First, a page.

Supporters of the separatist Southern Movement demonstrate to demand the secession of south Yemen, in the southern port city of Aden April 18, 2016. REUTERS/Fawaz Salman(reuters_tickers)
By Mohammed Ghobari
KUWAIT (Reuters) - Talks aimed at ending Yemen's war opened in Kuwait on Thursday, with Kuwait's top diplomat appealing to both sides to "turn war into peace" after more than a year of conflict which has killed more than 6,200 people and caused a humanitarian crisis.
Yemen's foreign minister warned against high expectations from the U.N.-sponsored talks, which brought together the Houthi group and its General People's Congress party allies with the Saudi-backed government of President Abd-Rabbu Mansour Hadi.
The talks, originally scheduled to start on Monday, were delayed over accusations by the Houthi group of truce violations and disagreements over the agenda for the negotiations.
Kuwait's foreign minister Sheikh Sabah al-Khalid al-Sabah, in an opening speech at Bayan Palace, urged Yemenis to "turn war into peace and backwardness into development".
The talks are based on U.N. Security Council resolution 2216 which calls for the Houthis to withdraw from areas they seized since 2014 and hand heavy weapons back to the government, U.N. special envoy to Yemen Ismail Ould Cheikh Ahmed said.
"The choice today is one of two options: a safe homeland that ensures security for all of its citizens... or remnants of a land whose sons die everyday," Ould Cheikh Ahmed said in an opening speech.
The talks are expected to focus on creating a more inclusive government and restoring state authority over the country, which is now divided between the Houthis and Hadi's administration.
The war has caused a major humanitarian crisis in Yemen, the poorest country in the Arabian Peninsula. Apart from the more than 6,200 killed, the United Nations says some 35,000 people have been wounded and more than 2.5 million people displaced.
The fighting has also allowed the militant Al Qaeda in the Arabian Peninsula and Isalmic State to consolidate their presence in the country next door to the world's top oil exporter.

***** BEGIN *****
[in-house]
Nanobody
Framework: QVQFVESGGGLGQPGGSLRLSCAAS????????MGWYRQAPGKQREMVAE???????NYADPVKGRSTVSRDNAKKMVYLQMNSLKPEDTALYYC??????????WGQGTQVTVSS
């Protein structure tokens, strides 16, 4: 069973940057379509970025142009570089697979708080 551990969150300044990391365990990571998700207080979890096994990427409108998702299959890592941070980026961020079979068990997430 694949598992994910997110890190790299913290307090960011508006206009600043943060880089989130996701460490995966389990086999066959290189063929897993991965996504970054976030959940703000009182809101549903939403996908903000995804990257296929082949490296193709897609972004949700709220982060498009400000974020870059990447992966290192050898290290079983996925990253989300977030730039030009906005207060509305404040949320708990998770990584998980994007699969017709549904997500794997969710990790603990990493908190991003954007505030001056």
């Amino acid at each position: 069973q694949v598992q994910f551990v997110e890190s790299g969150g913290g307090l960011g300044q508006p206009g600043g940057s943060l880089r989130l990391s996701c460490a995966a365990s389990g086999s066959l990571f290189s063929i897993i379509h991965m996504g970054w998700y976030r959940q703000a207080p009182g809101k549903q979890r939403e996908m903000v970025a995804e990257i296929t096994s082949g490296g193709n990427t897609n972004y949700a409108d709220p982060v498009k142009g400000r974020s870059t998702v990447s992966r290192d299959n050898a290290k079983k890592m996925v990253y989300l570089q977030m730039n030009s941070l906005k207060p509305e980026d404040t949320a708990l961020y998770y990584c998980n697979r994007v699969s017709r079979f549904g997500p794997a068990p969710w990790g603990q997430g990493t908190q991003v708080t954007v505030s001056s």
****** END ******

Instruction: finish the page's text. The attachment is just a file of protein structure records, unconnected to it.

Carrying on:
The United States and the Saudi-led coalition welcomed the start of the talks.
"We urge the parties to fully engage in good faith in order to end the military conflict immediately and to return to a peaceful political process," State Department spokesman John Kirby said in Washington.
The Saudi-led coalition spokesman, Brigadier-General Ahmed Asseri, speaking to Dubai-based al-Arabia Television, said: "Everybody knows that the way out in the end is political, and the issue will not end through military means, and the coalition has no desire to ... prolong the situation."
Ould Cheikh Ahmed outlined five points which he said were derived from U.N. Security Council resolution 2216 as the basis for the talks, officially dubbed as "consultations".
These included withdrawal from cities seized by the Houthis since the crisis began in 2014, forming a more inclusive government and handing over heavy weapons to the new government.
The chief Houthi negotiator, Mohammed Abdul-Salam, registered his delegation's objections to what he said were continuing air strikes by the Saudi-led coalition and to the five-point agenda outlined by Ould Cheikh Ahmed, saying they were not clear enough.
The crisis began in September 2014 when the Iran-allied Houthis seized the capital Sanaa. A Saudi-led Arab alliance intervened last year, launching a campaign of mostly air strikes against the Houthis in support of Hadi's forces.
The Houthi group and the GPC had accused the Saudi-led coalition and Hadi supporters of failing to honour a truce that began on April 10, and refused to send their negotiators to Kuwait until the truce was consolidated.
They agreed to join the talks following intervention by the U.N. Security Council permanent members and U.N. Secretary-General Ban Ki-moon.
Yemeni Foreign Minister Abdel-Malek al-Mekhlafi, speaking before the talks, said the government delegation would do all it could to make the talks a success.
"The Houthis and Saleh's party, by refusing to arrive on the agreed time, and by putting a series of conditions and by saying they reserve the right to boycott sessions if their conditions are met -- all of these have lowered the ceiling of expectations," Mekhlafi told Reuters.
The meeting adjourned until Friday afternoon.
(Additional reporting by Mahmoud Harby in Kuwait, Mostafa Hashem in Cairo and Lesley Wroughton in Washington, writing by Sami Aboudi; editing by Dominic Evans and Richard Balmforth)